Mexico Central Bank Chief – Bitcoin Transactions Symbolizes Barter Trade
According to the president of the Mexican central bank, Bitcoin is not developed money; in reality, it is not a form of money at all. He went on to say that Bitcoin is nothing more than a lousy store of value and a risky bet, and that Mexico would never accept it as legal currency.
The Bank of Mexico’s governor, Alejandro Diaz de Leon, dismissed Bitcoin’s importance in the financial sector, comparing it to barter system. “Whoever gets bitcoin in return for goods or services, we think that (transaction) is more similar to bartering since that individual is trading a commodity for a commodity, but not necessarily cash for a commodity,” he said.
This anti-Bitcoin stance of Banxico, as the central bank is colloquially called, is not the first time. In June, the bank quickly released a joint statement with the Ministry of Finance warning Mexicans that “digital currencies do not represent legal currency in Mexico, nor are they currencies within the present legislative structure.”
This came a week after Mexico’s wealthiest individuals, Ricardo Salinas Pliego, said that the bank founded by him, Banco Azteca, was trying to take cryptocurrencies. And, according to Reuters, the governor of Banxico hasn’t altered his opinion regarding Bitcoin, even after it turned out to be legal currency in El Salvador.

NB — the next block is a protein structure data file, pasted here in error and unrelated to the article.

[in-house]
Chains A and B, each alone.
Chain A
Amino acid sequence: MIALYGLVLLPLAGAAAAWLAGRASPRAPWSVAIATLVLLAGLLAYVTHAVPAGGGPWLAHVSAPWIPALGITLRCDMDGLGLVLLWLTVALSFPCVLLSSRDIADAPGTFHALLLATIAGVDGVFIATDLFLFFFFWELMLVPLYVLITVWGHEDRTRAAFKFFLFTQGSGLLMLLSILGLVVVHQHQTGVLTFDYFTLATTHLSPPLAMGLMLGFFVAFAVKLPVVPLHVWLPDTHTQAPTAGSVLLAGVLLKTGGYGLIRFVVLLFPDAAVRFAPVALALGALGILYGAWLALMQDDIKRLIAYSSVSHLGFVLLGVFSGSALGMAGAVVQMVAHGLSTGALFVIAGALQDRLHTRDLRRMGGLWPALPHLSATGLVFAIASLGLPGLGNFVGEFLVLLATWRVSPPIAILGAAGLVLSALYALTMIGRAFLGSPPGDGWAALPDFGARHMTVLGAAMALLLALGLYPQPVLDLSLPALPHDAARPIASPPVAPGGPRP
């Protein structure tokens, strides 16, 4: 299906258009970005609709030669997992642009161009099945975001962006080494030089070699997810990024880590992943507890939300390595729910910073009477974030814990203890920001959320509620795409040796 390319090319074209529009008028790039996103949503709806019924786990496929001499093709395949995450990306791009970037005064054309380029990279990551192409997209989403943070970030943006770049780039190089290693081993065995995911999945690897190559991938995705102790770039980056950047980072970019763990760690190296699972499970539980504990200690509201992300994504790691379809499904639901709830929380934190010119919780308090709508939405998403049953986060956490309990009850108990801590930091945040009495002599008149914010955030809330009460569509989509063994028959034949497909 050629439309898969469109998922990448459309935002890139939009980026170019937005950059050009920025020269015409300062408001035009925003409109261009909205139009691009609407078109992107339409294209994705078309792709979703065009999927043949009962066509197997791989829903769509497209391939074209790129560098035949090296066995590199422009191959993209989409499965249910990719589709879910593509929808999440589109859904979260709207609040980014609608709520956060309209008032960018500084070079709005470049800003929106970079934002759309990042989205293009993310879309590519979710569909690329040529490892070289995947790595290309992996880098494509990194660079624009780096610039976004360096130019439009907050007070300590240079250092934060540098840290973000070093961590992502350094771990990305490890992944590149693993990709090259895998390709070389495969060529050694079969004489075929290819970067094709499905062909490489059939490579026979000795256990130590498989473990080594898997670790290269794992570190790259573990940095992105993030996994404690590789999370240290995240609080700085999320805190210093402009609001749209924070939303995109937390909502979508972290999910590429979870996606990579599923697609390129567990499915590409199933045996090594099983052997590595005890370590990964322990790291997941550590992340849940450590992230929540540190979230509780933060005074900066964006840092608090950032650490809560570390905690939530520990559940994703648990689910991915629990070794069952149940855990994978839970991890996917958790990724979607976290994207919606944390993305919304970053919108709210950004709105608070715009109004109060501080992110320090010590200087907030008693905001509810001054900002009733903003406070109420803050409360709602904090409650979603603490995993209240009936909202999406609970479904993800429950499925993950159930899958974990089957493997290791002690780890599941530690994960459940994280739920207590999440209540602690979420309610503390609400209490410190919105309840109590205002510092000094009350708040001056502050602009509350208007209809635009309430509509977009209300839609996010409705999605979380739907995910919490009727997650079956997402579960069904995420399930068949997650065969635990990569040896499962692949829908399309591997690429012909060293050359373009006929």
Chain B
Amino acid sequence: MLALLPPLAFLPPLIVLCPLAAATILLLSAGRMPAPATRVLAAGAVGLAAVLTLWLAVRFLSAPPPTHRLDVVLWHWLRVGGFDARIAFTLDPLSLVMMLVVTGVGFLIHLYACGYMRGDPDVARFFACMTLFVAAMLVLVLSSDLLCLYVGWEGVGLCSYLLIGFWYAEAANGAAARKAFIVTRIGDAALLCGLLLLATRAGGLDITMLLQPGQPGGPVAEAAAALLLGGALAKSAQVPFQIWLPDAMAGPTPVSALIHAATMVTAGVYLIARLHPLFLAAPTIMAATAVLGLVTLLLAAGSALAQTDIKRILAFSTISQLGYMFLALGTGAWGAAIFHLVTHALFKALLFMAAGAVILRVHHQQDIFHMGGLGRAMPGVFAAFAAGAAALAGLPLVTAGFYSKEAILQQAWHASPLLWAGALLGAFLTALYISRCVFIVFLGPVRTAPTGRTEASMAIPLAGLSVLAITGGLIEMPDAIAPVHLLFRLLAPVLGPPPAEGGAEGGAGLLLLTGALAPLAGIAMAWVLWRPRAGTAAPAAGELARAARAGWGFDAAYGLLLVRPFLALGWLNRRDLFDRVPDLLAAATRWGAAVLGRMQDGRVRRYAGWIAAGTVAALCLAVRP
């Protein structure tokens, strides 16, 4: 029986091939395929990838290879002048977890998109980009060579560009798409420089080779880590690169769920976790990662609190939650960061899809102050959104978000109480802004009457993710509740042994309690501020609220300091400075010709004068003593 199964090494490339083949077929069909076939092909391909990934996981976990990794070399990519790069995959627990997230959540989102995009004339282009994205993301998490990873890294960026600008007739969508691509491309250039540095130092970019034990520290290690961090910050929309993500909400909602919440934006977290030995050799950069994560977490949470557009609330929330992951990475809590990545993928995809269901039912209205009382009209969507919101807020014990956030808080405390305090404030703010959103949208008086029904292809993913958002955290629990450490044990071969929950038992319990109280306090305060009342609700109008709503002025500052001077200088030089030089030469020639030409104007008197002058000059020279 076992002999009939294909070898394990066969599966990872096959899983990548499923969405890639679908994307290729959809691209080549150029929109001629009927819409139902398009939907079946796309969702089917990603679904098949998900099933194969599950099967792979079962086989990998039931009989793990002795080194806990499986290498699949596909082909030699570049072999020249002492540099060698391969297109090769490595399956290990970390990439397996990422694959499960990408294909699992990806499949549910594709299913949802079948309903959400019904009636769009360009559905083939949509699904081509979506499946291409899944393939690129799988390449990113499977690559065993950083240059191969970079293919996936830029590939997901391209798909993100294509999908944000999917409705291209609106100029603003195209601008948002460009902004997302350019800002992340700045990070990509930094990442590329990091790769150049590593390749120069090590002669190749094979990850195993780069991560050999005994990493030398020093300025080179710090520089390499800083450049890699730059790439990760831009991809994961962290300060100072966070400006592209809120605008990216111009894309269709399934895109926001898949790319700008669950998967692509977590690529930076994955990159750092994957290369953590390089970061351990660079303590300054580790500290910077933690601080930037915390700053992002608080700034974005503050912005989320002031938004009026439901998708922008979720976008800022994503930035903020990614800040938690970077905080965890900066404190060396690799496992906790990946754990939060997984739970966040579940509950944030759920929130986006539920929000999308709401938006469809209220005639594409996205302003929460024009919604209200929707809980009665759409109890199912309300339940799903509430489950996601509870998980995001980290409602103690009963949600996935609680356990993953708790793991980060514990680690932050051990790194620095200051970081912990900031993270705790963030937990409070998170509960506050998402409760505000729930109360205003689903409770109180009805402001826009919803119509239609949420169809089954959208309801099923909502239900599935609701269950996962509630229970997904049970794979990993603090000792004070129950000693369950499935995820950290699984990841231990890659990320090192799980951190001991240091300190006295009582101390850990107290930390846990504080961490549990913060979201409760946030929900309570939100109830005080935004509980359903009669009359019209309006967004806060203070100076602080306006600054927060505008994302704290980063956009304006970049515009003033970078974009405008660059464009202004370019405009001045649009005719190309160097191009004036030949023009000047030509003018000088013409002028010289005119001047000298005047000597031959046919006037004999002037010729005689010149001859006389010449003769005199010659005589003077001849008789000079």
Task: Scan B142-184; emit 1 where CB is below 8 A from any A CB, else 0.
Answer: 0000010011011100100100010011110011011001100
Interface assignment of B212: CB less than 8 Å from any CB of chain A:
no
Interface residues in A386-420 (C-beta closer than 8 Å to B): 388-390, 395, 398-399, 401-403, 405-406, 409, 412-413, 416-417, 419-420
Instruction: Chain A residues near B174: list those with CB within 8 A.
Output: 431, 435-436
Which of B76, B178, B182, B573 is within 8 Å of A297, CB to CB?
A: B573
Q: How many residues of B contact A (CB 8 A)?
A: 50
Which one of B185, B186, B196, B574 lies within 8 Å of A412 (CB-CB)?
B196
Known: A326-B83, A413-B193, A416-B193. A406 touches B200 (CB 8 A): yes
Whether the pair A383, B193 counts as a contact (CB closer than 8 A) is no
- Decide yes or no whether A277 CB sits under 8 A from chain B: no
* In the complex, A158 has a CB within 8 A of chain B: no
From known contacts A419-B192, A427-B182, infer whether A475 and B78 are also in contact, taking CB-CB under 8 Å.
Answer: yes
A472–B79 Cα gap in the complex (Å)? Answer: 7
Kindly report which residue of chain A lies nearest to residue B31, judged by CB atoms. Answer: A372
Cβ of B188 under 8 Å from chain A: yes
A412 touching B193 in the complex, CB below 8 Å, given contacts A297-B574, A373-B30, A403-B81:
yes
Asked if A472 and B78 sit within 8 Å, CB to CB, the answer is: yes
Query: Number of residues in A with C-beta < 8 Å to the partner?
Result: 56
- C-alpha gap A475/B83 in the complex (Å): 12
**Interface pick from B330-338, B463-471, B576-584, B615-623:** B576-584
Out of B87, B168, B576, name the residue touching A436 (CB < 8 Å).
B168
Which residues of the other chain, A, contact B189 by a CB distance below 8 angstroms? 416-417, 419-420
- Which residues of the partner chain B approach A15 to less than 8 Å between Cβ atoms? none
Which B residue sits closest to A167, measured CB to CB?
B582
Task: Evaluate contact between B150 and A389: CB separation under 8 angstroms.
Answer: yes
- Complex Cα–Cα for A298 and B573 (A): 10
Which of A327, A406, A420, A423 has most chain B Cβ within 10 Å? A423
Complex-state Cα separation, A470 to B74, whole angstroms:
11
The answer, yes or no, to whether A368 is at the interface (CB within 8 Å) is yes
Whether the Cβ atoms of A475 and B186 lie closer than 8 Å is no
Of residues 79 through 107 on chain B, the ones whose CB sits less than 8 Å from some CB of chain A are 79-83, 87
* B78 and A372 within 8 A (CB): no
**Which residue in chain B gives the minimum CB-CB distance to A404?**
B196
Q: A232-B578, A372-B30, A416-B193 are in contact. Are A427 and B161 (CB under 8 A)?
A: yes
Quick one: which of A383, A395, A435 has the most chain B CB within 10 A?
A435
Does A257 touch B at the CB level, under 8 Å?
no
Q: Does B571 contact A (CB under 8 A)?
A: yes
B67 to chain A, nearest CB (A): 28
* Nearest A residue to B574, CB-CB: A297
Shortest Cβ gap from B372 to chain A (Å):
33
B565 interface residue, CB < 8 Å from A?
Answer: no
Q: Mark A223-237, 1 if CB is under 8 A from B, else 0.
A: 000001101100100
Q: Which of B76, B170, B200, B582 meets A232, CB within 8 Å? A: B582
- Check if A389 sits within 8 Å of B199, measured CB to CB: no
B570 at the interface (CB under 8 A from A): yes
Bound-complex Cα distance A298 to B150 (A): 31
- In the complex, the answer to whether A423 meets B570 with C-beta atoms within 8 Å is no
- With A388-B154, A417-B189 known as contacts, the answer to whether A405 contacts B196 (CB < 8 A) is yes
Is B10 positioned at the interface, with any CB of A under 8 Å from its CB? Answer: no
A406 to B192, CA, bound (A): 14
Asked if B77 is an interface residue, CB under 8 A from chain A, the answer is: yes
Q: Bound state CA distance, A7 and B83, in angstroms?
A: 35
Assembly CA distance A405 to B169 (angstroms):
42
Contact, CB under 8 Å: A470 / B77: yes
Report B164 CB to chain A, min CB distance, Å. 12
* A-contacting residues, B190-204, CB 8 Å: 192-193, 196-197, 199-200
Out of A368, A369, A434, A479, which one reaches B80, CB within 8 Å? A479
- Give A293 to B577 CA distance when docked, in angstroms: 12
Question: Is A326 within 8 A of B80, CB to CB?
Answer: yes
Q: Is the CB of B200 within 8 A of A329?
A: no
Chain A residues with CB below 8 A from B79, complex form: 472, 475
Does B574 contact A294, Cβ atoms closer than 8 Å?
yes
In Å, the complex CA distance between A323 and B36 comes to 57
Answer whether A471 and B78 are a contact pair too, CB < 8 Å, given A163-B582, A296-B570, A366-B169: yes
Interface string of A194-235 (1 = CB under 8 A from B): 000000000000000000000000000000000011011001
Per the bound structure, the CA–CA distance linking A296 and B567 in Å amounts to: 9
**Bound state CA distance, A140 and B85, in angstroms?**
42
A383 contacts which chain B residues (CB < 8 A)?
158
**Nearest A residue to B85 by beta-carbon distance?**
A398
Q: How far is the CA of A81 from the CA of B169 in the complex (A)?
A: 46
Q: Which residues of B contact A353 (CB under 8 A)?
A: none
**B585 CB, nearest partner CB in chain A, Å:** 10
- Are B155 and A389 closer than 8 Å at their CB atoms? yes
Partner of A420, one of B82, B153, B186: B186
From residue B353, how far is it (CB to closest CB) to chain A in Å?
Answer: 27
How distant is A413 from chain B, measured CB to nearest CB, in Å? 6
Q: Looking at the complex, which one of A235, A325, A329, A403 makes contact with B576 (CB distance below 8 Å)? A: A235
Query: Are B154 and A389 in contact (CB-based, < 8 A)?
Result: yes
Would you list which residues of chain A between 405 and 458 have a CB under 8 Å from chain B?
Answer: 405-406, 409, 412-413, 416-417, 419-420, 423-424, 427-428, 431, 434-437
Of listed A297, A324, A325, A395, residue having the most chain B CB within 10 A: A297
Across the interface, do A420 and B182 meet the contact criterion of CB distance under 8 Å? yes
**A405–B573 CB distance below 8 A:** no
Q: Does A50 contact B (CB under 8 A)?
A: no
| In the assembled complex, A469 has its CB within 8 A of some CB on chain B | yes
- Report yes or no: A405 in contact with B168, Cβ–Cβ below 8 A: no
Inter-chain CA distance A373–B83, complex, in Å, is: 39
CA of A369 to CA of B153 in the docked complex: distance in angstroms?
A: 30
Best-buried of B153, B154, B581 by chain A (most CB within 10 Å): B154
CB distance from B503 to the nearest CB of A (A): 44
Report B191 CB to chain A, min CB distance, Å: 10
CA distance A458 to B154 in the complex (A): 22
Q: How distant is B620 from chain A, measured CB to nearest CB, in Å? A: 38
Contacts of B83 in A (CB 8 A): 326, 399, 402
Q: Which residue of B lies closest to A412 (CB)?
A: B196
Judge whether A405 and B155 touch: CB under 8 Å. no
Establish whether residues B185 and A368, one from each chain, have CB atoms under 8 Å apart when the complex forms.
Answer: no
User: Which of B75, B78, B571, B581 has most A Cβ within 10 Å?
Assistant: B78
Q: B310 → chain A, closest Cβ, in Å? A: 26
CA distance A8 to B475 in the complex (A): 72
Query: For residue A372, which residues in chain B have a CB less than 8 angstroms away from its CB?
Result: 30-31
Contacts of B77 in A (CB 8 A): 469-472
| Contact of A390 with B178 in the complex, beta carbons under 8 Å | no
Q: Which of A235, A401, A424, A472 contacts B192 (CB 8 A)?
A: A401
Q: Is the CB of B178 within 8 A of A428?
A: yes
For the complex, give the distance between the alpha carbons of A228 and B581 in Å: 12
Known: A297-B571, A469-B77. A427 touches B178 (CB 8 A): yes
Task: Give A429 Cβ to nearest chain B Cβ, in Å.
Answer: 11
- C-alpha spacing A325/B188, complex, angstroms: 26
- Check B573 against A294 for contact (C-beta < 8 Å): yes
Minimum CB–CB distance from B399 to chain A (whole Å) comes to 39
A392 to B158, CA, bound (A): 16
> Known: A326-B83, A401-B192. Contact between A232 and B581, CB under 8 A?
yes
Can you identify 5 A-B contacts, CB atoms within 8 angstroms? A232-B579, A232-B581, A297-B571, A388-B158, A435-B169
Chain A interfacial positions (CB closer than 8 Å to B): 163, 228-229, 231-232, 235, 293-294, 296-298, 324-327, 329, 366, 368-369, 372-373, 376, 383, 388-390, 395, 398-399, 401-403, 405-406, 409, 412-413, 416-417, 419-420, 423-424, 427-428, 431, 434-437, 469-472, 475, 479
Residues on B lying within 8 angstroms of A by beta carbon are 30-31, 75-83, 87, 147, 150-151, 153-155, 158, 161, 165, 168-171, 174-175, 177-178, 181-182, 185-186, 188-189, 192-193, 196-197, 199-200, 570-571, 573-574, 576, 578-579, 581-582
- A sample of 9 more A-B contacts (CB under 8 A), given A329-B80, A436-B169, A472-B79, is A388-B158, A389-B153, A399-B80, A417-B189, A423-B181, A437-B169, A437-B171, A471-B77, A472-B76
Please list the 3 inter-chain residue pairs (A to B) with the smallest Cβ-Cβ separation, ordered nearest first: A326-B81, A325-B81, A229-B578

“In our day and age, money has developed into fiat money produced by central banks. Bitcoin is more akin to a precious metal aspect than everyday official currency.”
Governor Diaz de Leon, like so many other lenders, questioned Bitcoin’s monetary characteristics. According to him, for any asset to be called a cash, it must be a trustworthy payment mechanism, which Bitcoin isn’t really. Furthermore, Bitcoin seems to be unable to maintain its value and is subject to extreme fluctuation.
“People will not wish their buying power or income to fluctuate by 10% in a matter of 24 hours. You don’t like that kind of instability in your buying power. In that respect, it is not a great value protection.” Despite the governor’s and Minister of Finance’s negative views, Mexico has been rapidly embracing cryptocurrencies. While most people across the world see Bitcoin as a speculative investment, Mexicans see cryptocurrencies as a means to avoid the time-consuming and sometimes costly digital payment channels.
Starting in 2019, the government has made it a priority to combat money laundering by implementing strict capital movement rules. Ordinary people have been affected the most, as basic transactions now require a plethora of procedures.
Bitso, the country’s main exchange, has witnessed a significant increase in both new users and trade activity. Bitso has more than double the amount of participants as 35 top conventional brokerages at the end of last year.